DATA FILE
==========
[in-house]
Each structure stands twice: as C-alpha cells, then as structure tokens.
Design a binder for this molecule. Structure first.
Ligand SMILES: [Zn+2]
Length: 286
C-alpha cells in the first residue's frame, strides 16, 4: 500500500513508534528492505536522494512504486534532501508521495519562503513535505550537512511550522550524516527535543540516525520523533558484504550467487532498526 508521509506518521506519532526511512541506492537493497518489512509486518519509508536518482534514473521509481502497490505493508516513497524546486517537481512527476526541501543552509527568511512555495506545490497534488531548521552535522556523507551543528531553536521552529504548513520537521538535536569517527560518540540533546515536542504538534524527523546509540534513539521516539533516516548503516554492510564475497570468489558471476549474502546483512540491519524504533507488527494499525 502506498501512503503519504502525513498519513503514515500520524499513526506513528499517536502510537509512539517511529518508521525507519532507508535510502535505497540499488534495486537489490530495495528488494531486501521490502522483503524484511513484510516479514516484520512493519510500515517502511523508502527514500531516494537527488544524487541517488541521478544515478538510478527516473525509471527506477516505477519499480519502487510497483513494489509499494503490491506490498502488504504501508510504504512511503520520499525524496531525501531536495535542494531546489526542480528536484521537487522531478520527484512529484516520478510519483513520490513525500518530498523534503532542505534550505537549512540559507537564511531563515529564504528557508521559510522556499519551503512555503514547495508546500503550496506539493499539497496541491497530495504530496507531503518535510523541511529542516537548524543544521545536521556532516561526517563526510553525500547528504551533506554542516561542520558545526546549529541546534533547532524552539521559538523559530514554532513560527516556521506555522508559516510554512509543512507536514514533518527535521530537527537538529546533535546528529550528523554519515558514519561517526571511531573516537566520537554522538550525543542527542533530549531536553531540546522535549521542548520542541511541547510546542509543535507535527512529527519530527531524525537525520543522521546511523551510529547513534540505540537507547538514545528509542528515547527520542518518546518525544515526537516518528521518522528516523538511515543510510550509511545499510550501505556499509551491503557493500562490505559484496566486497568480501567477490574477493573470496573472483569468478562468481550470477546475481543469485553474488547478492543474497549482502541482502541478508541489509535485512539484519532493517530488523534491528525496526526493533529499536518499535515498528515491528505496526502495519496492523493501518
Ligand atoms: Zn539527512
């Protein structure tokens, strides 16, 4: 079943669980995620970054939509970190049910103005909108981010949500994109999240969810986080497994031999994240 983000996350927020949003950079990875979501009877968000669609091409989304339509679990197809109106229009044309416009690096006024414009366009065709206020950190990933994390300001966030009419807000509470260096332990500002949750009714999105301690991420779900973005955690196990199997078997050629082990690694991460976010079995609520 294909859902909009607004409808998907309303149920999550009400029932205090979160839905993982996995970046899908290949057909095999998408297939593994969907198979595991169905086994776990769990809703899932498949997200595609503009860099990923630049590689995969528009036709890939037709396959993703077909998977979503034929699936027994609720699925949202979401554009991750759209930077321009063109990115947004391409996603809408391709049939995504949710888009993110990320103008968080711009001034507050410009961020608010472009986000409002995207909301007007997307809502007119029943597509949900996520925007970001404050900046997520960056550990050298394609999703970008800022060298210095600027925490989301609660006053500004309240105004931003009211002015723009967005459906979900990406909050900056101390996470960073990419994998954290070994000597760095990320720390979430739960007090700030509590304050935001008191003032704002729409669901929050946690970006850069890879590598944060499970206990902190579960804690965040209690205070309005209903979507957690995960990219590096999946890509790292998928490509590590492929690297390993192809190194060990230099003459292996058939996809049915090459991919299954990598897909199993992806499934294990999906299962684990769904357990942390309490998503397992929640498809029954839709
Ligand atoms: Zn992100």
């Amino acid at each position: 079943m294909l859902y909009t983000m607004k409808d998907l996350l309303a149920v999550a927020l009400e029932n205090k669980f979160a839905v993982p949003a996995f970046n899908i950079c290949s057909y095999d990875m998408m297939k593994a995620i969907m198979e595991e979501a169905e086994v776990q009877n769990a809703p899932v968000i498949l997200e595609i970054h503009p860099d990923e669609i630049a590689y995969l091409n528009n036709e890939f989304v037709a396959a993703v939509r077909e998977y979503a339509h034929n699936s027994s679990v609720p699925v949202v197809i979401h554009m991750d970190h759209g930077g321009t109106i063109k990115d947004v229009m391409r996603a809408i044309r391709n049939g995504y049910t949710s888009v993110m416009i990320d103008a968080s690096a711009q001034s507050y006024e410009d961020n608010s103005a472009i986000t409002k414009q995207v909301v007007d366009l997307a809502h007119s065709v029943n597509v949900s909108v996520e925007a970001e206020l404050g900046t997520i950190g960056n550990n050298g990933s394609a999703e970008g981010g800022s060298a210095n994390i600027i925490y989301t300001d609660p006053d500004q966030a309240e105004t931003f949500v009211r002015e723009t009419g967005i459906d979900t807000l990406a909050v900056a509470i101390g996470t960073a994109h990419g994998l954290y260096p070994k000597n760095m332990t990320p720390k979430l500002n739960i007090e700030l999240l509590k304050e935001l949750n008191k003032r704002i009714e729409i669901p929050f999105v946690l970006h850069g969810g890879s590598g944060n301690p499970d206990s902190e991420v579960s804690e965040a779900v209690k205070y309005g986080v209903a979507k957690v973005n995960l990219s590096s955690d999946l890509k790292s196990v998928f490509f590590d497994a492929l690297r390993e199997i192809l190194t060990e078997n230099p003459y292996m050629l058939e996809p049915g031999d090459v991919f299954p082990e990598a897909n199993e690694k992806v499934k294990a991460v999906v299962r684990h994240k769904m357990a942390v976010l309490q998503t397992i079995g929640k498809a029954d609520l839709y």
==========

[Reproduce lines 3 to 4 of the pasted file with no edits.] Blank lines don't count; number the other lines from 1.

Design a binder for this molecule. Structure first.
Ligand SMILES: [Zn+2]